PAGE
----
10 Ways to Know About For-Profit Colleges


Sure, they’re accredited. Yes, they have a placement office. Of course they have commercials that include testimonials from their graduates. They’ve been around a long time. Well, there’s more to know.

  1. Is this field of study in line with the results of assessment testing?
  2. Are you considering this program just to make good money?
  3. Do you think you shouldn’t work while you attend this school?
  4. Do you have to attend five days a week?
  5. How does it compare to its competitors?
  6. What’s the graduation rate?
  7. What’s the pre-graduation employment rate?
  8. What’s the post-graduation employment rate?
  9. What is the employer’s market share in the industry?
  10. Do you realize you may have to adjust your personal life, i.e., who’s in it?

Traditionally Gender-Specific Industries

If you’re studying in a traditionally male or traditionally female field, the above questions matter if you’re of the opposite sex. You don’t want to spend months or years studying when you’re unlikely to be taken seriously in the field. This applies more to women working in traditionally male jobs. It can matter for men in typically female jobs as well. Bias is bias. Consider the Women in Tech movement or the success of male nurses.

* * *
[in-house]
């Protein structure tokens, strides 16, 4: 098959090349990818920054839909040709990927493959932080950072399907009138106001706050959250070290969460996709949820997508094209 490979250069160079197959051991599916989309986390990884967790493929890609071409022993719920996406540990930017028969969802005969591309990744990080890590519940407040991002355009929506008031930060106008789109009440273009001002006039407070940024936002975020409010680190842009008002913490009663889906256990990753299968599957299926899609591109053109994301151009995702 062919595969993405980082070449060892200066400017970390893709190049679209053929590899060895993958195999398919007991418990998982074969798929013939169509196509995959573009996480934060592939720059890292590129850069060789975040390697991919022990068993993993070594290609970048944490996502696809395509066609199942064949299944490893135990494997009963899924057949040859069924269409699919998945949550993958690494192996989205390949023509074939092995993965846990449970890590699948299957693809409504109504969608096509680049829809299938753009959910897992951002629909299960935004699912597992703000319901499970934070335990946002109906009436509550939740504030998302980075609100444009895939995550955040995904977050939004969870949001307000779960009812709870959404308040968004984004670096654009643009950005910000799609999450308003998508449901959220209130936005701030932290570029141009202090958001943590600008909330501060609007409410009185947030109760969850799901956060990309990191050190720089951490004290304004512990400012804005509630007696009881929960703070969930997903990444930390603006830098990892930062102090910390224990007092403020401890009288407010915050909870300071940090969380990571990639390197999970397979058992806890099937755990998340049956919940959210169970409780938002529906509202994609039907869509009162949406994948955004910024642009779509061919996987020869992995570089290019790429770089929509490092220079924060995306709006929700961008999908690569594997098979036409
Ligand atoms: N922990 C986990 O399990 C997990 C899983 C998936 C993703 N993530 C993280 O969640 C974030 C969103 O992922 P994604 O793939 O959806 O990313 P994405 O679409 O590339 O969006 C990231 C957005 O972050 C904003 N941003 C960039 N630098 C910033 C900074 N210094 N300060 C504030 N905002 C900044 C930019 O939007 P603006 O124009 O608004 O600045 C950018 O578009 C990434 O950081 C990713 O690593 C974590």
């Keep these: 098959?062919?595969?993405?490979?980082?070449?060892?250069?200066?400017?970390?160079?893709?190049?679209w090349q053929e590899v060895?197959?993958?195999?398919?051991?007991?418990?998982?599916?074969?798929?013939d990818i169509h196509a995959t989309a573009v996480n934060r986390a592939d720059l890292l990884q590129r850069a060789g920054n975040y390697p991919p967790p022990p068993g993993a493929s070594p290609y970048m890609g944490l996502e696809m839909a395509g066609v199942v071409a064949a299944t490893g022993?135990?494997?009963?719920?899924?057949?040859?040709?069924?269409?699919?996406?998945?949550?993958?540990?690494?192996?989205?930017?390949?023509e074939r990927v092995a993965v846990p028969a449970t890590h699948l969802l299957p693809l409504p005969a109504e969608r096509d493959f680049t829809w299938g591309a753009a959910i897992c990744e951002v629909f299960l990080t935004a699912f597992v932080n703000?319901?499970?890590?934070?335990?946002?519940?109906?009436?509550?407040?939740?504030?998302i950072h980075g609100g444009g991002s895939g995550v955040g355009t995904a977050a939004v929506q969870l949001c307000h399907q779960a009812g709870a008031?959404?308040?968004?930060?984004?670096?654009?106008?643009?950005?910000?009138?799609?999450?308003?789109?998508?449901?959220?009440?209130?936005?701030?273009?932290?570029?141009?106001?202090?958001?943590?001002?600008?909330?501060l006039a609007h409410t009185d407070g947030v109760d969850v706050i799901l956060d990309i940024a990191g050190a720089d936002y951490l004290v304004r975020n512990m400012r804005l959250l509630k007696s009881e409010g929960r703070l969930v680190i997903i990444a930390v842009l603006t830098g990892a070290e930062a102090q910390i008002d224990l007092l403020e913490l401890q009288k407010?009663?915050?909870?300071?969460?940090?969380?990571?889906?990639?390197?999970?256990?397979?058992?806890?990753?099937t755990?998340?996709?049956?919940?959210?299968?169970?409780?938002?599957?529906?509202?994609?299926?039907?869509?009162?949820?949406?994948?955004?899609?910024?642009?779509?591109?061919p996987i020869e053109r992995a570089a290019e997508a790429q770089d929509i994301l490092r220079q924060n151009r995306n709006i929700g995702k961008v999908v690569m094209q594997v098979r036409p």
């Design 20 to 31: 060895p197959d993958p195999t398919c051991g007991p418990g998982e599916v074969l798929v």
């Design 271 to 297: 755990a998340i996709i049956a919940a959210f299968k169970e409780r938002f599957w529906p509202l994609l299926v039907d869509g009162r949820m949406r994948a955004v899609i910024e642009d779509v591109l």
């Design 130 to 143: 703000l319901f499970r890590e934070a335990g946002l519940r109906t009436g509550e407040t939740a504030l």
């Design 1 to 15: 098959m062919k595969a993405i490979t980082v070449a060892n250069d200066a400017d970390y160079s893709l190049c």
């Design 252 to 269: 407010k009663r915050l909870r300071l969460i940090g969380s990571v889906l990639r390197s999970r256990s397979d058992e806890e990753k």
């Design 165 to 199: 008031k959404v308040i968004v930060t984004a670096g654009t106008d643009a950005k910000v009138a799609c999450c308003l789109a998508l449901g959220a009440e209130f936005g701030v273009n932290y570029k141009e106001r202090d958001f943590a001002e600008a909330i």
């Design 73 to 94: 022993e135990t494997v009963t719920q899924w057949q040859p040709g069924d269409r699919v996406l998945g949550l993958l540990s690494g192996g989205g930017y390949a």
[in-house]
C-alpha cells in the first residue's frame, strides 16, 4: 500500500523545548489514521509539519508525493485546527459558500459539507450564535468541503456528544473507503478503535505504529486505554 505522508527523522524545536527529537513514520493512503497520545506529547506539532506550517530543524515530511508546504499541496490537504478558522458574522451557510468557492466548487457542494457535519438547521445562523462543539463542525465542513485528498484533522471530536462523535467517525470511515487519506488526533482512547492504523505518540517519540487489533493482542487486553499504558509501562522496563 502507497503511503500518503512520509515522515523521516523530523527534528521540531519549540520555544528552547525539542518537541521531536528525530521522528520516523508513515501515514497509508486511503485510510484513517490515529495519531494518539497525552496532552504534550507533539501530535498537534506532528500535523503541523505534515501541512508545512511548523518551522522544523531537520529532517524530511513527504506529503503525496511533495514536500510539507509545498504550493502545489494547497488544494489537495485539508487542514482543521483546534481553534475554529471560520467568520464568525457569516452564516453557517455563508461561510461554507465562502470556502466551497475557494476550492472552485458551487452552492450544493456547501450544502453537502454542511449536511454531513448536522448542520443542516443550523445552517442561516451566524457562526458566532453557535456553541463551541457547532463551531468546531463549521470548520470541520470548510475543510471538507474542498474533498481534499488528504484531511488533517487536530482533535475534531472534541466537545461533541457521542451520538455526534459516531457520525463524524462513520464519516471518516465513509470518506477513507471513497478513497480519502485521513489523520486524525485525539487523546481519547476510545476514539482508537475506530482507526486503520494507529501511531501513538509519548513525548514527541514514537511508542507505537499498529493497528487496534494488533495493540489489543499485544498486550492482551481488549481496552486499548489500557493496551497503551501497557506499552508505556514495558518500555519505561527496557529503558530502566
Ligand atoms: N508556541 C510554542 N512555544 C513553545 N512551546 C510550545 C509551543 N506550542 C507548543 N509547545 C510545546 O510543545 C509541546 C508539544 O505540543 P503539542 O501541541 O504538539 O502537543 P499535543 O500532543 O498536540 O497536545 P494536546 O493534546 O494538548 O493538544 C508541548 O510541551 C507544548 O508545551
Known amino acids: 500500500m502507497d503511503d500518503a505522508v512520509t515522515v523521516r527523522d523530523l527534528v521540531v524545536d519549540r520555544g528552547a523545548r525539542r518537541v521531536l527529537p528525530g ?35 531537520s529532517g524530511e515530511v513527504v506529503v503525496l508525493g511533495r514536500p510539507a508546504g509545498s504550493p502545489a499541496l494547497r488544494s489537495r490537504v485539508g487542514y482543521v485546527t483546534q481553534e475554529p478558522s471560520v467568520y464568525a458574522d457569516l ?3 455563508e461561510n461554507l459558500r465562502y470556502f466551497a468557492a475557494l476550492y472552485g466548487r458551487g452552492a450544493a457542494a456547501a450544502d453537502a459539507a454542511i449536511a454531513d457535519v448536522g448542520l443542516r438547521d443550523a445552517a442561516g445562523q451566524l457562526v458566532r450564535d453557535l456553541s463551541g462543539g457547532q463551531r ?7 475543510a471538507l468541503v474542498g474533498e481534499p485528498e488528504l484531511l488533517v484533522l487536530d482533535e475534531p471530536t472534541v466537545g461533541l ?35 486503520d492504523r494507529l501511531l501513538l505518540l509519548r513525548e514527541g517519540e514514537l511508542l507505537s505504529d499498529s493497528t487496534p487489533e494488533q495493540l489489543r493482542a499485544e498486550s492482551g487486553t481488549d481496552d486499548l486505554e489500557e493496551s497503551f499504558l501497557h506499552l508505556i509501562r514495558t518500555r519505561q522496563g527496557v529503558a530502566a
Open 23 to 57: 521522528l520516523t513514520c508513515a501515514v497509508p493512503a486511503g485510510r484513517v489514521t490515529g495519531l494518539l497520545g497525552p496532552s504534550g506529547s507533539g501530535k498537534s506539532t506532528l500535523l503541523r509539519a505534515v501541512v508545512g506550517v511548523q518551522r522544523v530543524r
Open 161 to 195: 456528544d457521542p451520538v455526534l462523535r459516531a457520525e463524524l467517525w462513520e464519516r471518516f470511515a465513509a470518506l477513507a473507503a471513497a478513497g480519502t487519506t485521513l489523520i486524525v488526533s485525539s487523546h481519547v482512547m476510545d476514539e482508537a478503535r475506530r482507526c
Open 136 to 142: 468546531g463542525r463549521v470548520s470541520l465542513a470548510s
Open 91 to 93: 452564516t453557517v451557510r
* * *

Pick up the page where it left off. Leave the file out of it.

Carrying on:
Patience

Be patient. Rushing can take you headlong into a huge or expensive mistake. Waiting usually pays. These schools are usually flexible with enrollment. The pressure is on them, not you. Don’t let them convince you otherwise.

Get References from Actual Graduates

LinkedIn can help with this. Use the name of your potential school to search for graduates. Read their profiles to see how far their educations took them. It’s also possible to connect with them and get a conversation going. Try to meet them if they live locally. That can save you much unnecessary and misguided effort.

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